Subscribe Now Subscribe Today
Research Article
 

Detection P53 Gene Deletion in Hematological Malignancies Using Fluorescence In situ Hybridization: A Pilot Study



Aaedah F. Annooz, Alice K. Melconian, Ban A. Abdul-Majeed and Ali M. Jawad
 
Facebook Twitter Digg Reddit Linkedin StumbleUpon E-mail
ABSTRACT

P53 as a tumor suppressor gene plays a major role in cancer development, it is essential for cell growth regulation and apoptosis. The deletion of p53 is known to be associated with aggressive diseases in several hematological malignancies. The evidence indicated that p53 deletions can be acquired as a result of chemotherapy. Therefore, a follow-up study for p53 gene deletion by fluorescence in situ hybridization technique (FISH) was carried out for the patients group who affected with different hematological malignancies before and after chemotherapy. The main goals from screening of p53 deletion were to assess the correlation between p53 deletion and chemotherapy resistance, overall median survival and chromosomal abnormalities. It is concluded from the present study that p53 deletion has a cardinal effect on the clinical outcome (chemotherapy resistance, overall median survival) and outcome of chromosomal abnormalities (quality and quantity of chromosomal abnormalities) of the patients who were affected with hematological malignancies before and after chemotherapy.

Services
Related Articles in ASCI
Similar Articles in this Journal
Search in Google Scholar
View Citation
Report Citation

 
  How to cite this article:

Aaedah F. Annooz, Alice K. Melconian, Ban A. Abdul-Majeed and Ali M. Jawad, 2014. Detection P53 Gene Deletion in Hematological Malignancies Using Fluorescence In situ Hybridization: A Pilot Study. Pakistan Journal of Biological Sciences, 17: 891-897.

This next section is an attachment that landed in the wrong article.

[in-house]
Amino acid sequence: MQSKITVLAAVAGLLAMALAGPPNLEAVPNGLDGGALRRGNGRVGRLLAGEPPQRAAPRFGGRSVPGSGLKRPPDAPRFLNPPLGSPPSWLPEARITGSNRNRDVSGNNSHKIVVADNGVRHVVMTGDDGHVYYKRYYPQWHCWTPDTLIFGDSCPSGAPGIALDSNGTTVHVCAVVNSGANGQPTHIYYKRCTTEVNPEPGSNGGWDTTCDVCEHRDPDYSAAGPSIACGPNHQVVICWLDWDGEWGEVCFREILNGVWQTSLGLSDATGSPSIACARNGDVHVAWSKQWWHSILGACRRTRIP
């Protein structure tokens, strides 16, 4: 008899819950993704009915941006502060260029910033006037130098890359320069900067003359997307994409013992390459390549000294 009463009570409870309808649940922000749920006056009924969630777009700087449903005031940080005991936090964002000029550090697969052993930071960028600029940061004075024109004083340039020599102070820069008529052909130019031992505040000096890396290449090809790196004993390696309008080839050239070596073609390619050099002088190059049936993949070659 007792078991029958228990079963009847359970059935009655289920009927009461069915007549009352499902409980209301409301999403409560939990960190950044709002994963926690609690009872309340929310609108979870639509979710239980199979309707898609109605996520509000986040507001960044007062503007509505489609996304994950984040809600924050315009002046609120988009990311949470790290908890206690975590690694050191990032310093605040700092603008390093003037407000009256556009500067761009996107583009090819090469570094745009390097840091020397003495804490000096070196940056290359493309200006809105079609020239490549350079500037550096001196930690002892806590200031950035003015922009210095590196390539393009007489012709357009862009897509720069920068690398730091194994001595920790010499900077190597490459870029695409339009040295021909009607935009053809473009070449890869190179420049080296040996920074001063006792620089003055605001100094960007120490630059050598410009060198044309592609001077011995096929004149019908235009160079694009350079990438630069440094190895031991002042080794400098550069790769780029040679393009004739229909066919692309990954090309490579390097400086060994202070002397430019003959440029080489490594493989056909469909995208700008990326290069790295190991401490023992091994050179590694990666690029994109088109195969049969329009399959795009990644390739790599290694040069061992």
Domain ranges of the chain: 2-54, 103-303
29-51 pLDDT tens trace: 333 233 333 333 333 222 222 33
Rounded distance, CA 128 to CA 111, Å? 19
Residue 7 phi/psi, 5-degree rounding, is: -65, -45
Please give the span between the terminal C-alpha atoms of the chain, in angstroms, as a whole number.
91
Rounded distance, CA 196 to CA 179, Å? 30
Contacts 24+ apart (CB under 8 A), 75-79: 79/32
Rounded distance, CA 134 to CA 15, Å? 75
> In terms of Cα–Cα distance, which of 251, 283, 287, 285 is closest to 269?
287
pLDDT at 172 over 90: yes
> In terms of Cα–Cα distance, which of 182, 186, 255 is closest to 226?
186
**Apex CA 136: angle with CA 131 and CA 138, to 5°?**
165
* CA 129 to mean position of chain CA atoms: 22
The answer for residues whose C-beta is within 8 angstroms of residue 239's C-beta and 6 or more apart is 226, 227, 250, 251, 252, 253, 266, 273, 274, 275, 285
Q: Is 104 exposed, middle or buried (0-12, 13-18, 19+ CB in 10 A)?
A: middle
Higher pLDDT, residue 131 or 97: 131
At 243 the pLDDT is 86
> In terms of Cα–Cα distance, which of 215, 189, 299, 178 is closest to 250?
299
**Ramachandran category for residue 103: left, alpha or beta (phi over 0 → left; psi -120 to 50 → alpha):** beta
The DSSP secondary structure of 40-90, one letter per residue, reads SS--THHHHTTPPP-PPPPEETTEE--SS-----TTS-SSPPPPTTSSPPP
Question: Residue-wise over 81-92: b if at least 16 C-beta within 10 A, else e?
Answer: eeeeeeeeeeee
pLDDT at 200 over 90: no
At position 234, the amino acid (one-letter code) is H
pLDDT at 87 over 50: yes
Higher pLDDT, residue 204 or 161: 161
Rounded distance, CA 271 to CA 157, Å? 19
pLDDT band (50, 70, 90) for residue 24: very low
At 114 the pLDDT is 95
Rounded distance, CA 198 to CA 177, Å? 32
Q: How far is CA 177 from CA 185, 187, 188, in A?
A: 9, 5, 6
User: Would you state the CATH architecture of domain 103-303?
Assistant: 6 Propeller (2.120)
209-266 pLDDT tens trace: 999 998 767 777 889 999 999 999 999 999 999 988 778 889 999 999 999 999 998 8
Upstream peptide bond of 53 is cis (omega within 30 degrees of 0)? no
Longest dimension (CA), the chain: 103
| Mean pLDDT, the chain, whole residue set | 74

DOI: 10.3923/pjbs.2014.891.897

URL: https://scialert.net/abstract/?doi=pjbs.2014.891.897
 
Received: July 05, 2013; Accepted: January 17, 2014; Published: February 12, 2014



INTRODUCTION

The p53 gene is a tumor suppressor gene, located on chromosome 17 p13.1 and encodes a 53-kD nucler phosphoprotein with specific DNA binding properties (Hollstein et al., 1991), it plays a critical role in cell cycle regulation, cellular response to DNA damage and induction of apoptosis (Shimamura and Fisher, 1996), Often inactivated by deletion and or point mutation in most types of solid tumors (Hahn et al., 1999; Peller and Rotter, 2003). In hematologic malignancies, P53 gene mutations are found in 25-30% of Burkitt’s lymphoma and Chronic Myeloid Leukemia (CML) in blast crisis, 15% of Chronic Lymphocytic Leukemia (CLL) and 5-10% of Acute Myeloid Leukemia (AML), Myeloysplastic Syndrome (MDS) and large cell non-Hodgkin’s Lymphoma (NHL), but are very rare in Acute Lymphocytic Leukemia (ALL, except in Burkitt’s ALL or in relapse) in multiple myeloma and in follicular NHL (except after histologic progression) (Wattel et al., 1994).

The most hematological malignancies respond well to the conventional chemotherapy. Most of chemotherapeutic drugs work by impairing mitosis and effectively targeting fast dividing cells so-called (blast cells). Multiple stress conditions activate p53 including DNA damage, hypoxia, redox stress, ribonucleotide imbalance, cell adhesion and oncogenes (Ferbeyre et al., 2000, 2002; Gaumont-Leclerc et al., 2004; Giaccia and Kastan, 1998). The correlation between p53 mutations and resistance to chemotherapy in CLL were observed (Bonnefoi et al., 2002). However, no other attempt at correlating p53 mutations to response to chemotherapy and survival in hematologic malignancies has been made, to our knowledge. More surprisingly, it was found that other extra p53 deletions may be acquired as a result of chemotherapy (Venkat, 2003).

In the present study, we looked for p53 deletions in group of hematologic malignancies using fluorescence in situ Hybridization (FISH). In this report, we tried to correlate the presence of those deletions to results of chemotherapy treatment.

MATERIALS AND METHODS